APIL launch campaign for cold calling ban

This article was published on: 06/7/16

The Association of Personal Injury Lawyers (APIL) has launched a new social media campaign in a bid to bring an end to cold calling and nuisance calls that continue to plague our profession.

Under the name, ‘Can the Spam’, APIL underlines how the practice exploits the vulnerable and it is hoped that their new cartoon (which you can watch above), can encourage those who have been the victim of these unwanted calls and texts, to report them and help bring an end to cold calling altogether.

The campaign follows the release of figures from the Information Commissioners Office (ICO), which showed an increase in reported cold calling completes, by almost half the previous number between 2014-15.

In response to this, the Justice Minister, Lord Faulks, insisted at the APIL annual conference in May, that there is a ‘cost to society’ from this practice and even linked cold calling as a cause of fraudulent claims, which is another area the Ministry of Justice are currently looking to tackle.

APIL President, Neil Sugarman, has been quick to condemn the practice, saying: “Cold calling for personal injury claims is exploitative, tasteless and intrusive. Solicitors are not allowed to do it, for these very good reasons. But some claims management companies continue to hound people in this way and we want the government to put a total ban on the practice.”

Scott Rees and Co are very much in support of banning cold calling. Speaking on their behalf, the firm’s Compliance Officer for Legal Practice (COLP), Timothy Allen (pictured left) said: “Cold calling has for a long time given personal injury claims a bad reputation and it is time for the practice to be brought to a halt. As a firm we have been wholeheartedly supportive of the effort to enforce this ban and are one of the founder firm’s of the Ethical Marketing Charter that was introduced by National Accident Helpline in 2015.”

“We have been frustrated in the past by cold calling claims management companies, who have claimed to be linked with us and therefore have attempted to damage our reputation by their bad behaviour. The sooner the Government ban the practice completely and introduce tough sanctions for those companies that do break the rules, the better it is for everyone involved.”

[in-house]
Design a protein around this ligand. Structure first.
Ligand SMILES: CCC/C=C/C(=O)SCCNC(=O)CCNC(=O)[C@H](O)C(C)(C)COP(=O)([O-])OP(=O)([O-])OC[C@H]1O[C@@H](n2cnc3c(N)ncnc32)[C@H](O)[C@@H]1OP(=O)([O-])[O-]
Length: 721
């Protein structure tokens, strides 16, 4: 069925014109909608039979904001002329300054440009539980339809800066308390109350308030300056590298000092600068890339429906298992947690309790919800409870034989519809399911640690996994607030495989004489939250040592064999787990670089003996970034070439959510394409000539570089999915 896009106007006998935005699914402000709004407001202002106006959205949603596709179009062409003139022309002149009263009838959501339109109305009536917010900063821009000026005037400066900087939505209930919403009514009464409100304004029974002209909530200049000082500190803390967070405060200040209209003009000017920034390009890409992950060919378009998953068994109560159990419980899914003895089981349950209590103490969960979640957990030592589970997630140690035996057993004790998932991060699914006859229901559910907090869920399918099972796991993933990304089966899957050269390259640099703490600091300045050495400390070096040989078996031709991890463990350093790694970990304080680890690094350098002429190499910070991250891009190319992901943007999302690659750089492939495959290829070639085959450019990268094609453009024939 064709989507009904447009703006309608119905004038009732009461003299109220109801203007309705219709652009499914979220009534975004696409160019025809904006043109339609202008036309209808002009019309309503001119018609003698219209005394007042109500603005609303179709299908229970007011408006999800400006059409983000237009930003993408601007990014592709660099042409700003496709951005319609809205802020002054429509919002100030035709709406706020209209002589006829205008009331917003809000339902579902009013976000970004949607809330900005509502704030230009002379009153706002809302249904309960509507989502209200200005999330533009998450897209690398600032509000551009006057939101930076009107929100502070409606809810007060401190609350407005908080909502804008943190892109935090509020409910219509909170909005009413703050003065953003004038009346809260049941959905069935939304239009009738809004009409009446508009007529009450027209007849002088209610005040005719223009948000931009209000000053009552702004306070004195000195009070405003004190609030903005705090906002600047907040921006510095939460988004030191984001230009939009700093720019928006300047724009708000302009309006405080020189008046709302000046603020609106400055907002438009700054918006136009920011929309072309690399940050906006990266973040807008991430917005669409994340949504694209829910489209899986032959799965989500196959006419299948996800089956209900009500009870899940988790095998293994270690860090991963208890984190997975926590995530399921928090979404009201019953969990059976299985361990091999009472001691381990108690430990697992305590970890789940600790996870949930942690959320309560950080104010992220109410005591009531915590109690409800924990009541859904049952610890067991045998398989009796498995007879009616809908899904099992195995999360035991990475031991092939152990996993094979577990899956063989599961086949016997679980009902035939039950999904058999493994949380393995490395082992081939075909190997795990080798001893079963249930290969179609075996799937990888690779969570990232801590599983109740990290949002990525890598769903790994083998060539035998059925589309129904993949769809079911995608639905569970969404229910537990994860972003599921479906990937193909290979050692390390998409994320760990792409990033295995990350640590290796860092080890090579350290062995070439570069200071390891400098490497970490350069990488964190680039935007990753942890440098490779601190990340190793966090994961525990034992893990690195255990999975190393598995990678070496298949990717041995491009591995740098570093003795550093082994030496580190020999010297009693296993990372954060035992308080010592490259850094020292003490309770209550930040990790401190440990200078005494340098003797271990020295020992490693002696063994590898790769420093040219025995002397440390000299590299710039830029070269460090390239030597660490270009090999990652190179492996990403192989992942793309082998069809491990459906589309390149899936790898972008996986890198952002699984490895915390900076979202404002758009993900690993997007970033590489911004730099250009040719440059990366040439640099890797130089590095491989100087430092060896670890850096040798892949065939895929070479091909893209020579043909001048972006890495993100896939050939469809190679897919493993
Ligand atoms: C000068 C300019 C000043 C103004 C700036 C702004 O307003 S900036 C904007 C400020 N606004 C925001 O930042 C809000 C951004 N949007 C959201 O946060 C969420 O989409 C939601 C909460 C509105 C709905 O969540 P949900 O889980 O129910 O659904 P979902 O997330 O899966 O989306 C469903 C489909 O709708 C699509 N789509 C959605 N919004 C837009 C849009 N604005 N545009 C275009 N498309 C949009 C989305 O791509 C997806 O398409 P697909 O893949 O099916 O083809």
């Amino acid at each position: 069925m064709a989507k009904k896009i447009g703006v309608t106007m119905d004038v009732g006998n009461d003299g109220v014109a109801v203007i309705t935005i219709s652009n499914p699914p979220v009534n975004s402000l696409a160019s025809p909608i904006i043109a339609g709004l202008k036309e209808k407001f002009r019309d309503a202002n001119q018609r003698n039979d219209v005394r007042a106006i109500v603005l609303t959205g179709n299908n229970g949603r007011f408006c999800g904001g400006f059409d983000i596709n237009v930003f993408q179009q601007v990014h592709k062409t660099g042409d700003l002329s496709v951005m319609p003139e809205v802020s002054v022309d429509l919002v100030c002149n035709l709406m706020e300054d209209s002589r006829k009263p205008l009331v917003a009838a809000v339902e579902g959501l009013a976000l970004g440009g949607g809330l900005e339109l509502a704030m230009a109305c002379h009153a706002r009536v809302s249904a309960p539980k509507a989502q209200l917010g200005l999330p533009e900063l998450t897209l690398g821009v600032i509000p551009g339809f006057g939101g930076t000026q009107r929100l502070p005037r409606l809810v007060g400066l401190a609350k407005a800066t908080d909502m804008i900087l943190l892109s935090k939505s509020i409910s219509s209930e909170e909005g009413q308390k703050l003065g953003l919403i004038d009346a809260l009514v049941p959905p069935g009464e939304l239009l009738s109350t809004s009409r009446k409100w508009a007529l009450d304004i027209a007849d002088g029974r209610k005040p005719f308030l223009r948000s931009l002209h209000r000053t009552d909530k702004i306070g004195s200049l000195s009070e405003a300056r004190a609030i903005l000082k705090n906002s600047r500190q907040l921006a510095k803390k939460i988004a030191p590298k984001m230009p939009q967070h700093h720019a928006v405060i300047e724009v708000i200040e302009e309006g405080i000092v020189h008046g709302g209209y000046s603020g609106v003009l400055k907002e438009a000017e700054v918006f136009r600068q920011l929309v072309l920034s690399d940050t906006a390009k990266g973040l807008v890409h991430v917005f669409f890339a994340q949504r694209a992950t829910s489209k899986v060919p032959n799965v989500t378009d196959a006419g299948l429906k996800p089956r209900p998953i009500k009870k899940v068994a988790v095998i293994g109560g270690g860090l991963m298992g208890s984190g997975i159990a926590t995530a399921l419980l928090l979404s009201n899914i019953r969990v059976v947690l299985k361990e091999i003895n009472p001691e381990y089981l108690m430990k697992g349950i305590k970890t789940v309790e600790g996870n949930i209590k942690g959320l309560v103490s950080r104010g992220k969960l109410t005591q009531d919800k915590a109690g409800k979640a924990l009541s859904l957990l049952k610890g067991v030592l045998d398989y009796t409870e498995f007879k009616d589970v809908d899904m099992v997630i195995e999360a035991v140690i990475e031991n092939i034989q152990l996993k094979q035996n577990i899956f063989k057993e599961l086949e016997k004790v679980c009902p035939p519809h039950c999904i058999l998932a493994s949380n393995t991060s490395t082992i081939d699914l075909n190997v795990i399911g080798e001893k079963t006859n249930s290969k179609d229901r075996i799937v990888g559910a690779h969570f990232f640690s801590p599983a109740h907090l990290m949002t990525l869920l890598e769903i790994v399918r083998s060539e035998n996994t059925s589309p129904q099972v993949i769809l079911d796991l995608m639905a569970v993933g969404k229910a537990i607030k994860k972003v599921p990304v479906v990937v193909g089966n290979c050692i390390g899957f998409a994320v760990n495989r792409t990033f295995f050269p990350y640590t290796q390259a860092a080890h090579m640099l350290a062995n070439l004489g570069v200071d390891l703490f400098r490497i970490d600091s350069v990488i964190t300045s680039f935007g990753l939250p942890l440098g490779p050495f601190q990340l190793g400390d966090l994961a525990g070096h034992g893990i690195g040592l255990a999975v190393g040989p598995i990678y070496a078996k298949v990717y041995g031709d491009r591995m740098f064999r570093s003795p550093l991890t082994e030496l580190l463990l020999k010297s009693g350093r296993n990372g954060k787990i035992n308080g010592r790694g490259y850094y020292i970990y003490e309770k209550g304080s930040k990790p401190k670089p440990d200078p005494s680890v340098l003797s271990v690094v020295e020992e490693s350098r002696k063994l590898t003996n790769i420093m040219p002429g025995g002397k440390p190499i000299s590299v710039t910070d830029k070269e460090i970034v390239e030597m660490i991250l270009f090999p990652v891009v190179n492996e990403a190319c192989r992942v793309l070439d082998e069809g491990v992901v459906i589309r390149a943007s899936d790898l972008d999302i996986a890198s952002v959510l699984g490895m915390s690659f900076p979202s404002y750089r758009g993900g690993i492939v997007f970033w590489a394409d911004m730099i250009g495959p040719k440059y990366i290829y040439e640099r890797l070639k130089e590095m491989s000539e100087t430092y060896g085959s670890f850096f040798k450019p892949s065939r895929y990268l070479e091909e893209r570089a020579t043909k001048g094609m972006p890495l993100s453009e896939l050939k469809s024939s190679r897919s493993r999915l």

“It is completely unacceptable that any person, injured or not, should be pressured into making a claim by a company or person who has no permission or authorisation to contact them. We fully support APIL with their new campaign.”

APIL are now actively encouraging the public to report all instances of nuisance calls and texts to a special Facebook page and Twitter account, which will see the information passed on to the industry regulator. There are however, concerns that the government have been too quick to link cold calling and spam texting to recent proposals by the MoJ to remove the right to claim compensation for whiplash injuries.

Mr Sugarman said: “The government has clearly got the wrong target in its sights. If the problem is nuisance calls, why target people with genuine injuries by removing their right to compensation for their pain and suffering? The answer, surely, is to stop the problem at its source. Ban the cold calling, it’s that simple.”

“We’re all fed up to the back teeth with it. As far as personal injury cold calling and spam texting is concerned, it has to stop.”

The Ministry of Justice have fought a long battle against cold calling. In 2010, they revoked the licence of over a thousand claims management companies and issued fines accumulative of over £1.7million who were carrying out the practice.

It is hoped that a new law will soon be introduced to outlaw the practice for good.

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